Work From…Anywhere? Tips From Travellers Who Do ‘Workcations’ Right
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Work From…Anywhere? Tips From Travellers Who Do ‘Workcations’ Right

Want to make your time off go further? Take advantage of remote work to set up in a holiday location for a week, even a month. The risk: missing the point of travelling in the first place.

By JEN ROSE SMITH
Fri, Sep 15, 2023 8:49amGrey Clock 3 min

ASHLEY SCHWARTAU escaped to a Mexican beach town just two weeks after starting a new job for a Chicago-based insurance company. It’s not that Schwartau, 38, is a late-blooming spring breaker. She and her husband both work remotely, so when winter arrived at home in Nashville, Tenn., the pair decided to clock in from a vacation rental with a pool in Playa del Carmen.

For the next four weeks, the couple took calls from their temporary home, while their 4-year-old son attended a bilingual preschool whose $350 monthly tuition would be implausible back in Nashville. After hours, the trio played at the nearby beach, lounged poolside or grazed at neighbourhood taco stands. Following a weeklong-vacation chaser at month’s end, they returned to Tennessee restored. “It’s hard for working parents to truly find moments of relaxation, and that was one of the most relaxing trips we’ve ever taken,” said Schwartau, who documented the trip on her blog to inspire others looking to expand their own definitions of remote work.

Unlike some full-time “digital nomads”—who skew young, male and child-free—Schwartau has no plans to permanently swap home life for stints in Lisbon or Bali. Instead, Schwartau used her hybrid “workcation” to capitalise on a remote-friendly job and temporarily set up shop away from home’s routines and responsibilities.

The trip also let her save some paid time off while still traveling, a strategy that appeals to workers in the U.S., where the average private-sector job affords just 11 days off after a year. With employers increasingly offering flexible work options, workcations seem to be a pandemic-accelerated trend with staying power. A 2023 study by Deloitte showed that one in five travellers planned to do some work on their primary summer trips, with many using flexible policies to eke out additional time away.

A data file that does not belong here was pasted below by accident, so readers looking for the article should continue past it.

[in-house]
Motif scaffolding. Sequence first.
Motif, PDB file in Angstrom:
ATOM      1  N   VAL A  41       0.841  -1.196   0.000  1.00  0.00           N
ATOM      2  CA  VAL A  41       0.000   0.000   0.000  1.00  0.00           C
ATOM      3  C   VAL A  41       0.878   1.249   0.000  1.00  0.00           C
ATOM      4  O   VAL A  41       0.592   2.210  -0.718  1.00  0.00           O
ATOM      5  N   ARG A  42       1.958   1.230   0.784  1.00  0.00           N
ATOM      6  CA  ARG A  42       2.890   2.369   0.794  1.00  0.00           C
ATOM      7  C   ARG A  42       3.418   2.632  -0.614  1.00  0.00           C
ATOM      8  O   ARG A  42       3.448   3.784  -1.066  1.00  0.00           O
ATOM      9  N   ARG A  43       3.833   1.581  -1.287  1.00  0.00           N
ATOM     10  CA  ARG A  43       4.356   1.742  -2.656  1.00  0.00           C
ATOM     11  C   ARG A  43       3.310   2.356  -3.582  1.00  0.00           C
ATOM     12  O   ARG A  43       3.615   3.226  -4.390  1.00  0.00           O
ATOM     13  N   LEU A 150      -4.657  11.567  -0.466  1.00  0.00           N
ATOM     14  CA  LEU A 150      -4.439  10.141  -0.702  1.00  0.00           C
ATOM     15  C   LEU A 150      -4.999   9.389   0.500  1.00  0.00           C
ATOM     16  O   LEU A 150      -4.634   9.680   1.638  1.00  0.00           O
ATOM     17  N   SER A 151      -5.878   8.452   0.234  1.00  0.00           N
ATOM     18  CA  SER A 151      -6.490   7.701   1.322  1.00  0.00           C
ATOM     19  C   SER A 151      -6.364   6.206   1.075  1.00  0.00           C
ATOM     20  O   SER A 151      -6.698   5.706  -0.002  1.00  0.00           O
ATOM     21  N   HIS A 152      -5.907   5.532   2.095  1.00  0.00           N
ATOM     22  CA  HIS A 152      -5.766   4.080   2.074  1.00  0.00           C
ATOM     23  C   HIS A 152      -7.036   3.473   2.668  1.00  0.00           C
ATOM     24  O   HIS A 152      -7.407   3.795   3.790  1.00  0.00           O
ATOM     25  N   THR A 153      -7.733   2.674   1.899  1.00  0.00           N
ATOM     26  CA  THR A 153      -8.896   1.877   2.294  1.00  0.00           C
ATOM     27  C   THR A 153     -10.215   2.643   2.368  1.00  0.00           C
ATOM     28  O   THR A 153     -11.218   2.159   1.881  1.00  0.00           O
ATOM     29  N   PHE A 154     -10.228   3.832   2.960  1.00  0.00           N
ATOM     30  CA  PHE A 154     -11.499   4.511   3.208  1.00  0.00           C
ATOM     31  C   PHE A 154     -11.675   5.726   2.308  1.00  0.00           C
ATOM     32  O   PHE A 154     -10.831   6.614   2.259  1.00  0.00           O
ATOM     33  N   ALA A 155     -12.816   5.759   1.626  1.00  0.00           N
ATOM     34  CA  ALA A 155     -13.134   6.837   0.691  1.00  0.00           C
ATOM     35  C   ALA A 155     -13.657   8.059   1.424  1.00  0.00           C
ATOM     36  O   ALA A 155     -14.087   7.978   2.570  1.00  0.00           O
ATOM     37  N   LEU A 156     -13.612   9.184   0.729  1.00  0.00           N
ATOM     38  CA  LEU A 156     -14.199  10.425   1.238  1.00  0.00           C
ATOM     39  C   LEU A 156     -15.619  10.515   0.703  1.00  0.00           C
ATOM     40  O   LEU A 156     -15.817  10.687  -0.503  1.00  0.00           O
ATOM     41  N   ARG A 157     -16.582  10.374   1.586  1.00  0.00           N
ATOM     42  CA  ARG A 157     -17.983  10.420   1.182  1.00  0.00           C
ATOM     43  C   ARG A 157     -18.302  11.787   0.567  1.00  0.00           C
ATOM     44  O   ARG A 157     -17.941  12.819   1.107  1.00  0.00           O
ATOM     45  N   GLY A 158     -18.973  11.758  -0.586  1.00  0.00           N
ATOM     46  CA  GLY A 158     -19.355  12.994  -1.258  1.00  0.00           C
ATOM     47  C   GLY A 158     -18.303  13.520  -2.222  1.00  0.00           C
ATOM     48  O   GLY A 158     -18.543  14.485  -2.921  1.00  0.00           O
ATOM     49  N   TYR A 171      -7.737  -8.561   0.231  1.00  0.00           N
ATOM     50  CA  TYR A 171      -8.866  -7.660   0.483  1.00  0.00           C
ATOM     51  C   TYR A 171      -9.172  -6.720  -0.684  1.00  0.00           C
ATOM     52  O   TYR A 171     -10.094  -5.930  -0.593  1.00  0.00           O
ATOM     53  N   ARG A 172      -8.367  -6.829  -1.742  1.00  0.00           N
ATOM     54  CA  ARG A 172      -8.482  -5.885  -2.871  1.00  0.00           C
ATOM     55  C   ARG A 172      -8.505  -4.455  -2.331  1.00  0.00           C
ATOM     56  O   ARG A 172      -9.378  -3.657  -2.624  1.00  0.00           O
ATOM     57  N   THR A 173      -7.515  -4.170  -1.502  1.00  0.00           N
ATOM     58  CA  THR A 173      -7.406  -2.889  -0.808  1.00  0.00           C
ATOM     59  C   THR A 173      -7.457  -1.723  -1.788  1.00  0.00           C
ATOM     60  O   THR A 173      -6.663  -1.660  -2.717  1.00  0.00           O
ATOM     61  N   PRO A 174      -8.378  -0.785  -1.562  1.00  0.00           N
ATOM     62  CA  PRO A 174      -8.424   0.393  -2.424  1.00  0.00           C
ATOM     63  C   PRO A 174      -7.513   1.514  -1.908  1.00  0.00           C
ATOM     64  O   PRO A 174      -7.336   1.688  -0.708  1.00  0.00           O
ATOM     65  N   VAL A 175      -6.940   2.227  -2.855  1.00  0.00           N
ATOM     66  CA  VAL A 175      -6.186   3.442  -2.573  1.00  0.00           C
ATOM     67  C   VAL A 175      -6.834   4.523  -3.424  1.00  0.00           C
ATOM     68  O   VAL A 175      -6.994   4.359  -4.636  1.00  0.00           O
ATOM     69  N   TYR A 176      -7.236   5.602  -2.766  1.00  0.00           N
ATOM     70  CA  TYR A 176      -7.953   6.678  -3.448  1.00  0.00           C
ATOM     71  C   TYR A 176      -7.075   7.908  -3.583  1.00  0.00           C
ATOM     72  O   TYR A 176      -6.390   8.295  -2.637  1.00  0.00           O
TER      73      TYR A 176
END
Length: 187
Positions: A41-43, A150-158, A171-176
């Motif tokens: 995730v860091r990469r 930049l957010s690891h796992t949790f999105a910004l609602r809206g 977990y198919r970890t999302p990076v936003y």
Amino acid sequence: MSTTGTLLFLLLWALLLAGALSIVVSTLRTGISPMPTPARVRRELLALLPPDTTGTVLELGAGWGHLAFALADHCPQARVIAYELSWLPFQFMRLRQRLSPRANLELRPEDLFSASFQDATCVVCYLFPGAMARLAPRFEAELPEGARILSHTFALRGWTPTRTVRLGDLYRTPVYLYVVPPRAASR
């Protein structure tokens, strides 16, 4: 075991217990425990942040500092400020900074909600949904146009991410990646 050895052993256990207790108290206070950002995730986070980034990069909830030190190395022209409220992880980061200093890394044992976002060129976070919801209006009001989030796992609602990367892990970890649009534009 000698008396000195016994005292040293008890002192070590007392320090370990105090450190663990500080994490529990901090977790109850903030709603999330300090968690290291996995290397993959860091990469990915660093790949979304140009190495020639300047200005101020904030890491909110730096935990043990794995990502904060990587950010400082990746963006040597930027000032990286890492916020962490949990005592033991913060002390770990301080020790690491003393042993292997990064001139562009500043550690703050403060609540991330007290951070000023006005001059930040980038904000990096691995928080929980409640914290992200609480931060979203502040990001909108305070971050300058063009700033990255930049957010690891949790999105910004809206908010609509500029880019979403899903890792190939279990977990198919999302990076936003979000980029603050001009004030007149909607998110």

Still, obstacles abound. Jet lag can sap work output, sand will destroy your computer and dutifully clocking hours a block from a beach invites intense FOMO. It takes finesse to make workcations work—here’s how to pull one off.

Get in the (time) zone

Going too far afield—or heading in the wrong direction—can tug routines out of alignment. Dan Hammel of Benicia, Calif., works for a tech concern that follows Central time and offers staffers two annual work-from-anywhere weeks. Last fall, Hammel spent one off-kilter week working from the Italian city of Bologna. “My hours in Europe were probably about 4 p.m. to midnight,” he said of the need to align with his stateside colleagues’ workdays. After days spent touring nearby Modena and Parma with his wife, Hammel found the schedule challenging. “I like to be in bed around 10,” said Hammel, 45.

To avoid red-eye marathons, follow your natural sleep pattern to the optimal time zone. For Hammel, that meant Maui, where he worked remotely in May. “I would get up at 5 a.m. and would be done around noon,” he said. “We would have the whole rest of the day to nap, relax for a little bit after my workday, hit the beach, go to dinner.”

Make space

Remote work might conjure Instagram shots of laptops lolling on beach chairs, but such scenes don’t translate to meaningful productivity. Deloitte found that more than half of all travelers look for work-friendly spaces when booking accommodation. William DeSousa, 73, a public-relations professional from Osterville, Mass., craves more space than hotel rooms offer: He’s a villa guy.